The three types of PR people in the superyacht industry
Let’s whip out the magnifying glass and start looking at things with a critical eye…
Bill Gates once said, “If I was down to my last dollar, I’d spend it on PR.” An approving statement from a titan such as Gates bodes very well for the many companies in the superyacht industry investing heavily in their public perception. The yachting business, as well as other comparative industries, operates on a ‘Party in the front, business in the back’ model, but is it completely necessary?
Phillip Coggan, who writes the Bartleby column for The Economist, recently expressed a rather funny sentiment in an article titled ‘The Perils of PR’. The article tackles the topic of PR in the spirit of the apathetical and forlorn character from Herman Melville’s 1853 novel, ‘Bartleby, the Scrivener’. In it, the journalist offers a comical anecdote from his time visiting a FTSE 100 company. During a meeting with the senior employees, the attendees are subjected to a 10-minute-long monologue from the company’s public relations outfit. After the smooth-talking PR man is whisked away by a secretary, the CEO breathes a sigh of relief and says, “Now that he’s gone, let me tell you what’s really happening.”
The anecdote is a relatable testament to how many feel in the superyacht industry. If I had a penny for every time someone turned to me and said, “God, there’s so much bullsh*t in the superyacht industry.” I’d probably have enough money to buy a superyacht. What’s the point in being so secretive if everyone is thinking the same thing. I say we stop all this nonsense talk, let’s whip out the magnifying glass and start looking at things with a critical eye, the industry is big enough now that we can make space for people to be more investigative and forensic.
The candidly written article by Coggan also goes on to identify three types of PR people; The Interventionist – The type who act as if they are actually on the company board. These guys aren’t a fan of uncomfortable questions, and if an unfavourable story were to be published, an angry phone call to the editor will normally follow. The Discreet – The type who intentionally keep their company out of the headlines. Particularly frustrating for journalists attempting to cover a story relevant to a stakeholder. The useful – A vital part of the industry. They quickly arrange interviews, provide brilliant images, and are just all-round super helpful. These people are often scattered around, found in unlikely places, making it impossible to predict when you will find one.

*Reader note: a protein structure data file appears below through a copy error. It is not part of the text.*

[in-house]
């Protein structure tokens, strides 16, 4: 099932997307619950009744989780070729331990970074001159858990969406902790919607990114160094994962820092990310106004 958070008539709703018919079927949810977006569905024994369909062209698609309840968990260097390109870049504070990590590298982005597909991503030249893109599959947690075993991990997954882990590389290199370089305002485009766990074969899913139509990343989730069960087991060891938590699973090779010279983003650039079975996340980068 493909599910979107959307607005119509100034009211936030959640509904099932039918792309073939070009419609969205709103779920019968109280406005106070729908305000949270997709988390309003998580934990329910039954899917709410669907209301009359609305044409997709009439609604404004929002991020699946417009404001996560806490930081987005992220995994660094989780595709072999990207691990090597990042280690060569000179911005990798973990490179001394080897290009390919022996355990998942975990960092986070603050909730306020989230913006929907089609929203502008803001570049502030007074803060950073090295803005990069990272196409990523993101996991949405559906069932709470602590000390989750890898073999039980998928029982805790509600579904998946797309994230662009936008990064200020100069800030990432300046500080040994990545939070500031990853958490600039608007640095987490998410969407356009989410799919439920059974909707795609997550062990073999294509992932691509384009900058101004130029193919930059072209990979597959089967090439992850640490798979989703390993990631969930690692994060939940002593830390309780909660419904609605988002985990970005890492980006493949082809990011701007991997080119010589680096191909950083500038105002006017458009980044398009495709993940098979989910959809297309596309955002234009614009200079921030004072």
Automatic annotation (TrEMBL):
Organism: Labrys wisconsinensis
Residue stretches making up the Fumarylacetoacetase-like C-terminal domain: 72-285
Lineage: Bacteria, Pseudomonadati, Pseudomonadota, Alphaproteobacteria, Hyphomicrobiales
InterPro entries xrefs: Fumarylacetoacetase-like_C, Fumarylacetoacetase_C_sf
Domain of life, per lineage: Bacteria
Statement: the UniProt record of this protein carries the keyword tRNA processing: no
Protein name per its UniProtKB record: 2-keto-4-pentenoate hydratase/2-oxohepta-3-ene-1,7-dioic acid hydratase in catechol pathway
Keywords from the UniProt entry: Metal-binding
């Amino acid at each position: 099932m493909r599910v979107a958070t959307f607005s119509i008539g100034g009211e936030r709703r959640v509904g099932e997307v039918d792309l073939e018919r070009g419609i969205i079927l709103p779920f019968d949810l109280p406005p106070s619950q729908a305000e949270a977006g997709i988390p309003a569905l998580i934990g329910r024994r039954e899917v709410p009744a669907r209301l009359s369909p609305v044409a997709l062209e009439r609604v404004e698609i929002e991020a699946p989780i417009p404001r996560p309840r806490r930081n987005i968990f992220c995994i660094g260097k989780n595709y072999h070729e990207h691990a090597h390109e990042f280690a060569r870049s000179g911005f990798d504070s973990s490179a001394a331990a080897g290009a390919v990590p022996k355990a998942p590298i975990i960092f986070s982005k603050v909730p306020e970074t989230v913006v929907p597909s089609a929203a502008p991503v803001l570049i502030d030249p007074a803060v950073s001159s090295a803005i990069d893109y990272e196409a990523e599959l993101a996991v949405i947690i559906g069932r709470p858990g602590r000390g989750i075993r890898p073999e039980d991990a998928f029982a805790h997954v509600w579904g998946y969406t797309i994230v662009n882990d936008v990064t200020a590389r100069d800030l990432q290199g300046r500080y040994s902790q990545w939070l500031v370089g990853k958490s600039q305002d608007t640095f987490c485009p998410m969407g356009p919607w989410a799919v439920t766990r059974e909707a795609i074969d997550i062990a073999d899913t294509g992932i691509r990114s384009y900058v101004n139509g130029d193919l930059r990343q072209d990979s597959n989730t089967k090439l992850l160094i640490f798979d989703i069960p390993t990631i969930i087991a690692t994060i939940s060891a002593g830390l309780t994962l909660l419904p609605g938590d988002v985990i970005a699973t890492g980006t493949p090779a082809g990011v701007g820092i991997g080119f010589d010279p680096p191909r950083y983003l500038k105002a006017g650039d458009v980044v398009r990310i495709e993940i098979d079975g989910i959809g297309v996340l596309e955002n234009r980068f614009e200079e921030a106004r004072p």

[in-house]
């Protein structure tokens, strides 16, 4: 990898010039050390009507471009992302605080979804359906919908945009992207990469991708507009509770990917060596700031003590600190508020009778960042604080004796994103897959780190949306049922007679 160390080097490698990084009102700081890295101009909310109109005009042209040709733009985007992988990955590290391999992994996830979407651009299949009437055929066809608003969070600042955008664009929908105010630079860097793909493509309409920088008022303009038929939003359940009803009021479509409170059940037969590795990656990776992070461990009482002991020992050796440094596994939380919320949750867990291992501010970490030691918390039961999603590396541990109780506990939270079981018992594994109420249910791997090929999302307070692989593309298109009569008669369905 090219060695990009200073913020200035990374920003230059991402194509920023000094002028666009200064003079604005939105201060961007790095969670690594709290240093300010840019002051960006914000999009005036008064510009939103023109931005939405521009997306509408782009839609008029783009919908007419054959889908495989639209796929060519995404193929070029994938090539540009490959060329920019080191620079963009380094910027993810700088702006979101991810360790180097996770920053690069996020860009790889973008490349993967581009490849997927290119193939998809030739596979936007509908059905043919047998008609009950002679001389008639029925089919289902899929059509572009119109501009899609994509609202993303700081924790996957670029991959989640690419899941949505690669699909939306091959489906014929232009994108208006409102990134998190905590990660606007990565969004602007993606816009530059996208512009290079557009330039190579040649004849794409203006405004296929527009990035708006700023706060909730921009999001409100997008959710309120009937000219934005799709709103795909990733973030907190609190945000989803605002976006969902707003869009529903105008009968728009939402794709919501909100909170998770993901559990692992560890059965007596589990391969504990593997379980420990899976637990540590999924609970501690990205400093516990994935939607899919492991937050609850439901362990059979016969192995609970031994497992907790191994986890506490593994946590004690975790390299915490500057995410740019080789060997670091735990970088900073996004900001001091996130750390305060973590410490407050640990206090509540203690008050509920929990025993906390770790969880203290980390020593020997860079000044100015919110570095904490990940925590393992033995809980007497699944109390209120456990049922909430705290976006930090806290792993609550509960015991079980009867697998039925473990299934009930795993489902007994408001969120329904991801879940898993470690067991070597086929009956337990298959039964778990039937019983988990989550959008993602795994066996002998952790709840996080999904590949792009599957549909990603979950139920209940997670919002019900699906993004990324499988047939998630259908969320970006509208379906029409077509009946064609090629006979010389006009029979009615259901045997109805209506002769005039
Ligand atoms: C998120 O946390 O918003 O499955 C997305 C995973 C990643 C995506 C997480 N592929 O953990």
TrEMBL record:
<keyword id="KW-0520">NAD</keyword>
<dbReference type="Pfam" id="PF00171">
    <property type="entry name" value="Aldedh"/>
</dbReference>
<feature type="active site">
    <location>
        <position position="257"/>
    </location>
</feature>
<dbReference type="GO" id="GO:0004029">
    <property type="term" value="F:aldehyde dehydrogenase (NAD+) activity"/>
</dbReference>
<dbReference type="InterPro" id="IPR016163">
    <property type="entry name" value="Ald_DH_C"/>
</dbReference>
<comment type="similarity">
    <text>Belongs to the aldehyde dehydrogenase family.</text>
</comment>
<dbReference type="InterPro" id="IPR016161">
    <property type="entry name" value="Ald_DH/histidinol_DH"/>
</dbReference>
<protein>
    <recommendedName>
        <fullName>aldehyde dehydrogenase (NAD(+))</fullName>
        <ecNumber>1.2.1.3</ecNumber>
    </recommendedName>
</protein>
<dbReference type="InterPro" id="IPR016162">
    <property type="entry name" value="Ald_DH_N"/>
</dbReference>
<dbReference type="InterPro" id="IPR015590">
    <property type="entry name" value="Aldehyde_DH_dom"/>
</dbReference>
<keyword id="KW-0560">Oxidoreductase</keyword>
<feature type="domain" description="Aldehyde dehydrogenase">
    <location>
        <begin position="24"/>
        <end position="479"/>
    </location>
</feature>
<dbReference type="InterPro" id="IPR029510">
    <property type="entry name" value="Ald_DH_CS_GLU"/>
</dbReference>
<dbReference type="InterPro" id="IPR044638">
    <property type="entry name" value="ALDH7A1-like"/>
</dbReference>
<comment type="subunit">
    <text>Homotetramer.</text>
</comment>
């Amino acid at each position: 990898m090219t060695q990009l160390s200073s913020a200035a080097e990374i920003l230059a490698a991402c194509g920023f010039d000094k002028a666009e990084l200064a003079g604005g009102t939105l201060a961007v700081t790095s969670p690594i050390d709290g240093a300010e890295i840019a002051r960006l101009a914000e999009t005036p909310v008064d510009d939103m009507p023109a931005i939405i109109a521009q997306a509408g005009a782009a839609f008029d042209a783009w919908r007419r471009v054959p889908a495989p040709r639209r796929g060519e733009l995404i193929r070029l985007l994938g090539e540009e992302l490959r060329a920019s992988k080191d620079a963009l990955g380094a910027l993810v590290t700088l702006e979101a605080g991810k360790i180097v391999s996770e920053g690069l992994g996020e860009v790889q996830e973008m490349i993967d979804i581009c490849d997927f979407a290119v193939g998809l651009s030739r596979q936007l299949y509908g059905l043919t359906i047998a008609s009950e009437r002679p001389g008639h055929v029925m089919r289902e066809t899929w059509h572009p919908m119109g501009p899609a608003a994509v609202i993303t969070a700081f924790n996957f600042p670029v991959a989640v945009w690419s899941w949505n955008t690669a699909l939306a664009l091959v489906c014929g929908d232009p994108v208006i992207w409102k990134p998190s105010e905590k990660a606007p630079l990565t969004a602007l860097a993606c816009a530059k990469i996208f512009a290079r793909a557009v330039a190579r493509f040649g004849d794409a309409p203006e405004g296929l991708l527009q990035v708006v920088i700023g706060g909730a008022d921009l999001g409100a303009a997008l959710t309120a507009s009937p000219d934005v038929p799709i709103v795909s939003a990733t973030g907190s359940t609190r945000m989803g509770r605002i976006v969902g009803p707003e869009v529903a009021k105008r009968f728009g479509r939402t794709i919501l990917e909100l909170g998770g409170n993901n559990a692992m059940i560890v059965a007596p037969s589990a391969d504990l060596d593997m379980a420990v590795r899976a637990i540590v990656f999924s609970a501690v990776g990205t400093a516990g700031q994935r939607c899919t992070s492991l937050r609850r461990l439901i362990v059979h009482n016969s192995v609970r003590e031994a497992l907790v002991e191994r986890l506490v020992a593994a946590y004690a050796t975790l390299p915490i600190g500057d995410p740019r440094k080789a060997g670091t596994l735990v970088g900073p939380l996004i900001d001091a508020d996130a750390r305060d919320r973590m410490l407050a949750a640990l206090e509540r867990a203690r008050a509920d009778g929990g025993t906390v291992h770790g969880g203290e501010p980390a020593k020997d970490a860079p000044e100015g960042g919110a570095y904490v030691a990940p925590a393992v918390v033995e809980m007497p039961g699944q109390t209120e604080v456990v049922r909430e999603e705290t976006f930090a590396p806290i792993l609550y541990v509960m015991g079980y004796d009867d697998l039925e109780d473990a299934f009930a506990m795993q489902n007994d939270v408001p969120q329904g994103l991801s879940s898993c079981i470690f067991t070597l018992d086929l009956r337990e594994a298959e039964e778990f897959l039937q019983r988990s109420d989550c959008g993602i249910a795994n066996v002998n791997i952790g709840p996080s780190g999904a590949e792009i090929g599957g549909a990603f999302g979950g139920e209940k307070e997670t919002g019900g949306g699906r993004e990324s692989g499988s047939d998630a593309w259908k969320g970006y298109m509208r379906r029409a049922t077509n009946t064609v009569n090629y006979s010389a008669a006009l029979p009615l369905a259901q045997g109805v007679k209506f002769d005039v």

In my short time working as a journalist in the superyacht industry, I can comfortably say I have encountered all three types. If I peek my eyes over my desktop I can normally see what kind of PR person each journalist in the news room is working with. One colleague will be sat smugly with two hands grasping their coffee cup after having scheduled a zoom interview with a CEO within the hour of receiving a press release. Another colleague will be holding their head in their two hands and ripping their hair out because after waiting two weeks on a client’s approval for an article, it isn’t really even relevant anymore.
I’m aware of the love-hate relationship between journalists and PR professionals, and I’m sure they have a few particular gripes with us scornful cold-blooded scavengers, but at the end of the day we are both necessary for the market to evolve and thrive. I just think we both need to address the fact that the market is calling for more honesty, transparency and usable information.
I think that PR companies have actually done a lot to help improve the overall image of the industry in recent years. But I feel the market has become almost over-saturated with PR to the point that it drowns out the noise of potentially useful constructive criticism of the industry. When looking at things on a granular level, I can see why a company would need solid PR to survive, there are a number of existing enterprises which aren’t exactly a beacon of ethical, professional and sustainable light. Perhaps the technology surrounding their product or service isn’t quite there, but they are working on it, they just need PR to shield them from those looking to expose their practices. But does this defensive, protective covering help the process of evolution and development in the long run? I don’t think it does.
I fully understand the value of PR professionals, after all, I almost became one. While choosing my degree the vast majority of people highlighted, “There’s no money in journalism, it’s a dying industry, get into PR.” But that was five years ago, and I think the last couple of years has shown that the current hunger for honest reportage is justified now more than ever. I think people are tired of the sugar-coating and greenwashing, it’s reminiscent of an already by-gone era, so why don’t we just get rid of it already and drive this wonderfully bizarre industry into the future together.
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